Data Breach: The High-Stakes Battle Against Unknown Hackers

Data breach by unknown computer hackers, operating in a foreign jurisdiction and trying to extort your business for ransom payments for the return of confidential information, reads like a best selling novel, unfortunately not.

The recent case of HWL Ebsworth Lawyers v Persons Unknown [2024] NSWSC 71 may be of particular interest.

The NSW Supreme Court granted an injunction against the unknown computer hackers disseminating the highly confidential information they stole from the applicants. This injunction restrained the unknown computer hackers from placing the confidential information on the internet, transmitting or publishing it, using it for any purpose, or facilitating its publication. The injunction that was granted extended to any third party who may be in possession of the confidential information.

Facts

On 26 April 2023, computers hackers claimed to have stolen valuable internal data of the applicant, highly confidential information such as financial, credit card and loan information. The computer hackers sought a ransom of $4 million dollars.

The computers hackers made attempts to isolate and persuade the applicant to pay their demand as the cost of paying a ransom would pale in comparison to the consequences of data publication.

After a period of back and forth, it was ascertained that the computer hackers had used an unauthorised IP address which could approximately be located in Sofia, Bulgaria.

Proceedings

On the application of the applicant the Court granted interlocutory relief on the 12 June 2023, these interlocutory orders were sent to the email address in which was being used to communicate with the computer hackers. The applicant received a response, safe to say their response indicated their displeasure of the injunction being granted. By the 23 June 2023 the sample cache of confidential information the computer hackers had posted online could no longer be found on the dark web forum.

On the 18 July 2023, the Court granted orders for substituted service, which allowed the applicant to serve the computers hackers via the email address and dark web forum used by the hackers. On the 15 August 2023 the computer hackers were served a Statement of Claim.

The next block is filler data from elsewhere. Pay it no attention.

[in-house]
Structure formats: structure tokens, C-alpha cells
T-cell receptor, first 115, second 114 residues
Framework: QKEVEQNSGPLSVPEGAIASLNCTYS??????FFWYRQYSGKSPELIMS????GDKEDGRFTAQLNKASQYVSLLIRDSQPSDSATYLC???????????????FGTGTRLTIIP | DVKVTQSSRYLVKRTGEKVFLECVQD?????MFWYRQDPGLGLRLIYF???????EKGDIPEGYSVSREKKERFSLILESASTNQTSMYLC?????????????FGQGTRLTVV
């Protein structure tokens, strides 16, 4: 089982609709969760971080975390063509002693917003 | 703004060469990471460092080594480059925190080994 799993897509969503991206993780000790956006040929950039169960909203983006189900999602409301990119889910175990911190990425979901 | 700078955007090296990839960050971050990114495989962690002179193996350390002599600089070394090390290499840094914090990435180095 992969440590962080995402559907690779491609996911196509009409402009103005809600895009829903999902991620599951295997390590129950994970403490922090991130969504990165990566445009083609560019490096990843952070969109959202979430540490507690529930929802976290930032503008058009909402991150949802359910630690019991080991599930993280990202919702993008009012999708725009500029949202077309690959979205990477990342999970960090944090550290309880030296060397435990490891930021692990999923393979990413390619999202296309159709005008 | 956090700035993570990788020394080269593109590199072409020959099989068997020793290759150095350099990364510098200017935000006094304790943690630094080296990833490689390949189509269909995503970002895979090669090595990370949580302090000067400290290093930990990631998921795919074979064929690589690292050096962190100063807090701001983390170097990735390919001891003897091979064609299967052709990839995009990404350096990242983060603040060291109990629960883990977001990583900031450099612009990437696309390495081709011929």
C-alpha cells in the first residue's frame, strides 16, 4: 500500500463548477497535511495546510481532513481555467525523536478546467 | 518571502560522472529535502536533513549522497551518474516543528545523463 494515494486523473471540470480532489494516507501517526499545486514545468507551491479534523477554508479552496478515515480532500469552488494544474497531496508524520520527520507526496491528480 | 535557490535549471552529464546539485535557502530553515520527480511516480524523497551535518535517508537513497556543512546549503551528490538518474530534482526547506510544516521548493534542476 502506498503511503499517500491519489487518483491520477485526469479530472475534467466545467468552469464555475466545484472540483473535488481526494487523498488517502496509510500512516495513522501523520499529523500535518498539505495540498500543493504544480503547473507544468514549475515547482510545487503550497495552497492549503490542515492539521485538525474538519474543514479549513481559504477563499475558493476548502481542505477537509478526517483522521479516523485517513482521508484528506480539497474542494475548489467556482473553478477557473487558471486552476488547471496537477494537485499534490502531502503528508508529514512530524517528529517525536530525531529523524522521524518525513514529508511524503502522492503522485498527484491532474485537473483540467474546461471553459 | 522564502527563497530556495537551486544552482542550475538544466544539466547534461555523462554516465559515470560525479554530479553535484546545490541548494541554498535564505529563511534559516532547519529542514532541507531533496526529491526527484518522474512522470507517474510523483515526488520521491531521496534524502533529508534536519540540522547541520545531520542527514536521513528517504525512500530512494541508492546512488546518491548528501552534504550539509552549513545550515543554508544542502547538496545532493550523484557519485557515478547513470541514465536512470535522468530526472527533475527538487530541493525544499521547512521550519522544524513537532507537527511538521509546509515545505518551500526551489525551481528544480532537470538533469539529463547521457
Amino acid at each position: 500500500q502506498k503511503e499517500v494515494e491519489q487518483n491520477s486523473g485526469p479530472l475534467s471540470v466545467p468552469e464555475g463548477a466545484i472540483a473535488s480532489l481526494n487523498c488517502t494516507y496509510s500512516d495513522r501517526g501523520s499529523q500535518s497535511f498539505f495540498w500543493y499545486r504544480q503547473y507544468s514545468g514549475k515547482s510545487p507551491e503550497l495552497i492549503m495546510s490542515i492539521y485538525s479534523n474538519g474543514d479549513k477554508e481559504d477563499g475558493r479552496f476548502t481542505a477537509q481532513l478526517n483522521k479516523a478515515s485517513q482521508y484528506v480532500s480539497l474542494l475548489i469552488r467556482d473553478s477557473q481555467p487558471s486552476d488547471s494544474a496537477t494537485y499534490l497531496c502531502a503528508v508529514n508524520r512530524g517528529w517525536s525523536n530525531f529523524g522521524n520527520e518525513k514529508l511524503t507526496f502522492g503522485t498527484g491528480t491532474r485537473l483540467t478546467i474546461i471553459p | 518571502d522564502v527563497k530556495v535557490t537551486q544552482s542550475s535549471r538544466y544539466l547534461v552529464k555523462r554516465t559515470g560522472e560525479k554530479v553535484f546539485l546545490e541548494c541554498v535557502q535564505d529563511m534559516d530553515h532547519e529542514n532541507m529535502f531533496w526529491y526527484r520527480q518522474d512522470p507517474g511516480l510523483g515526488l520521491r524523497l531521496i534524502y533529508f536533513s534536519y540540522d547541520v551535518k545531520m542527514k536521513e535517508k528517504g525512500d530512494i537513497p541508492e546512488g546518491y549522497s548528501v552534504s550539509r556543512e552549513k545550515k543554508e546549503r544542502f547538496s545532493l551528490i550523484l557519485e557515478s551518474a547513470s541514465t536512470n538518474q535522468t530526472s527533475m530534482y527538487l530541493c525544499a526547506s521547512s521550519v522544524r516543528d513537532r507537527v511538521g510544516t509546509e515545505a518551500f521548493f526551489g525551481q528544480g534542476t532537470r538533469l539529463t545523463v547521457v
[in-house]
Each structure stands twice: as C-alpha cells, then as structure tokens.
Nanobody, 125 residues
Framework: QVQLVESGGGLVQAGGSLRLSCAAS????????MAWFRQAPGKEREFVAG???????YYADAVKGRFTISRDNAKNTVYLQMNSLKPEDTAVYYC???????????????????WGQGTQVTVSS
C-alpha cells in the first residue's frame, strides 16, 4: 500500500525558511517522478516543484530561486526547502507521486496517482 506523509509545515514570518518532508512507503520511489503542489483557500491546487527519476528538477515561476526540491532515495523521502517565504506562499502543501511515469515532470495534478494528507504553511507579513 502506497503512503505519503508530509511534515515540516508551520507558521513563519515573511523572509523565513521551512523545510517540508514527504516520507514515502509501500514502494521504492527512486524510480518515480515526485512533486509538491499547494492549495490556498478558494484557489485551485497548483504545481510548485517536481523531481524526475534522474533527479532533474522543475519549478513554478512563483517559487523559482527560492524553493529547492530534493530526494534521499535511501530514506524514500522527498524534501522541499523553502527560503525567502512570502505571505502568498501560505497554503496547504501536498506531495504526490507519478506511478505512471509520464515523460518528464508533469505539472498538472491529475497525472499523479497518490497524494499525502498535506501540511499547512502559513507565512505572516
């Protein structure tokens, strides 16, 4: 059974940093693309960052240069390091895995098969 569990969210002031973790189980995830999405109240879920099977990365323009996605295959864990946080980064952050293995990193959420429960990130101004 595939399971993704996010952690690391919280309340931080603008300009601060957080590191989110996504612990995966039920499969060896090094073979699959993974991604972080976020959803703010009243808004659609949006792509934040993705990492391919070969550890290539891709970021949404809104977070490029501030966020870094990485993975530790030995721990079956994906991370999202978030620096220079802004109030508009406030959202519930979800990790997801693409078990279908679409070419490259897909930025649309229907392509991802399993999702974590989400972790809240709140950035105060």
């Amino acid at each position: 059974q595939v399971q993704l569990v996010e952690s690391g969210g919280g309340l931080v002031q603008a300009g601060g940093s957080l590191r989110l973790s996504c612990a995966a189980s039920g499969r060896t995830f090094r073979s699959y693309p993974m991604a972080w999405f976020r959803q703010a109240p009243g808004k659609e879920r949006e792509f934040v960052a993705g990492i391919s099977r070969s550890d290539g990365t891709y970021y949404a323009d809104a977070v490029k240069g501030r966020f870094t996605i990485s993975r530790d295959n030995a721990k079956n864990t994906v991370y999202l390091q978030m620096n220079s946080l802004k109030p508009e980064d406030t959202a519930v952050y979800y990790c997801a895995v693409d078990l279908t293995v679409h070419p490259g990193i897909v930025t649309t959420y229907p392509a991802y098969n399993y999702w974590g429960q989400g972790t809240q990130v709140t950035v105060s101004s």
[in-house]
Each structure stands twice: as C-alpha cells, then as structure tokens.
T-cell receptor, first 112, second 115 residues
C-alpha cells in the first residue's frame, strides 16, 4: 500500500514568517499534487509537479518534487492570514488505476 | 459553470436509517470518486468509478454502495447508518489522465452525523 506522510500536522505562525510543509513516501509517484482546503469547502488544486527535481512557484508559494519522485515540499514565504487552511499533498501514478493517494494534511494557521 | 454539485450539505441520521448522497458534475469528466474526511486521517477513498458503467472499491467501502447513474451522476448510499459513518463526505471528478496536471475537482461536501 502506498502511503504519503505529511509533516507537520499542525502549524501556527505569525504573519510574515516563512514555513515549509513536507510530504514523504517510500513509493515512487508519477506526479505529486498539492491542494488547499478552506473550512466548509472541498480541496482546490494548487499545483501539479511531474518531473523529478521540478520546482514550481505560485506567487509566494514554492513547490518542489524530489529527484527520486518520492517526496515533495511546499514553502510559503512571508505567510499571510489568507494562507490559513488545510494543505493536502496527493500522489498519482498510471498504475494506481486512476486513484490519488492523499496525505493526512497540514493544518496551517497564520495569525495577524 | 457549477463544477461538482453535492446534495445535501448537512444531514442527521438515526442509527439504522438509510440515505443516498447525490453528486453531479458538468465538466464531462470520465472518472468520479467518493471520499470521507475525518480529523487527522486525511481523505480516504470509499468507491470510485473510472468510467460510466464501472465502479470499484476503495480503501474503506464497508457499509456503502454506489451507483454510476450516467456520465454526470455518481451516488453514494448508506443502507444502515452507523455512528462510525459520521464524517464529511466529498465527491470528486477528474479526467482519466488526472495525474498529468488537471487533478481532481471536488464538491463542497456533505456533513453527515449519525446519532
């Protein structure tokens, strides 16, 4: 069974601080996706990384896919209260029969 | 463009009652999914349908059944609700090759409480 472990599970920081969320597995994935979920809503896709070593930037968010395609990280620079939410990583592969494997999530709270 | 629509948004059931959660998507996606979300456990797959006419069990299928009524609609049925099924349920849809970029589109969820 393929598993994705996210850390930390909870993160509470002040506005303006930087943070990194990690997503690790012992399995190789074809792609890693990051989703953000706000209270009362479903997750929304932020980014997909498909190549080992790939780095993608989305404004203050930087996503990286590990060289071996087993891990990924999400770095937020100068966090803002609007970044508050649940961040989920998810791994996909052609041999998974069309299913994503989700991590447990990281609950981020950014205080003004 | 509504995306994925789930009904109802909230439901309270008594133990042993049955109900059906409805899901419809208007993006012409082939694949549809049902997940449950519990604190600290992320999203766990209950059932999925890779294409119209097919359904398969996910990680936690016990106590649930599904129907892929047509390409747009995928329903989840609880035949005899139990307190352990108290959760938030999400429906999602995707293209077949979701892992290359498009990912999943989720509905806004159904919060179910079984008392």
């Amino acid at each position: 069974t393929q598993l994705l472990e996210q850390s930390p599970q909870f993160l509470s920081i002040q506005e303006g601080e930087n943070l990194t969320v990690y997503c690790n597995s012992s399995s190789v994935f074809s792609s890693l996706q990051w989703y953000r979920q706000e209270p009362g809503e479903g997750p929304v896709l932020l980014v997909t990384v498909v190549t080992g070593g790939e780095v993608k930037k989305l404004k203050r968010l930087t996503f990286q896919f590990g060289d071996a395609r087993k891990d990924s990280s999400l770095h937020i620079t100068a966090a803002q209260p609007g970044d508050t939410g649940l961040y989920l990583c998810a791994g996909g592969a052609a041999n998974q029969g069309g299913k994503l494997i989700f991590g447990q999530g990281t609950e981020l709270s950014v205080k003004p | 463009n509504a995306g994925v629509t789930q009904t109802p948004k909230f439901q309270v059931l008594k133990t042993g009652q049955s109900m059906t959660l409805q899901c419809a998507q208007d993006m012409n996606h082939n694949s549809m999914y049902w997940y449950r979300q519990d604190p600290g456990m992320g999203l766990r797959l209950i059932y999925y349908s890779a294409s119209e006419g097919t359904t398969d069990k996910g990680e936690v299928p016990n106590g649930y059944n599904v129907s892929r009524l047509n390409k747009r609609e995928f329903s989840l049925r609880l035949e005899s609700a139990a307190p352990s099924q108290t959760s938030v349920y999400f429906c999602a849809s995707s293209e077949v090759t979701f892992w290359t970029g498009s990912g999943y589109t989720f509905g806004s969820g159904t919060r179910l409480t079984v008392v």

On the 18 September 2023, the computers hackers failed to attend Court and default judgment was subsequently applied for and granted 12 February 2024.

Decision

A permanent injunction was granted. Orders were made to prevent the computer hackers and any other third party in possession of the confidential information from;

  • placing material on any location accessible via the internet;
  • transmitting, publishing or disclosing the information;
  • using (including viewing) any information obtained, and
  • promoting, or publishing any links to the locations in which the information may be downloaded.

The Court noted that such injunction will be useful notification to potential publishers of the data that they should not take any steps to frustrate the effectiveness of the Court’s orders.

The extension of the injunction to third parties is an effective way to limit the unauthorised publication or sharing of any data that is personal or confidential in nature.  Should a third party publish the material the subject of the injunction on their online platform, the publication of such material may constitute a breach of the court orders.

Conclusion

Data protection is paramount, as all business take steps to protect client personal and confidential information.

Baybridge can provide critical and timely assistance should your business face a data breach. Baybridge will work with you to establish if the breach is a reportable breach to government regulatory authorities and act swiftly to seek injunction relief to stop any further dissemination of personal or confidential information.

If you require any assistance taking steps to protect a data breach, please contact us to discuss further.

Baybridge

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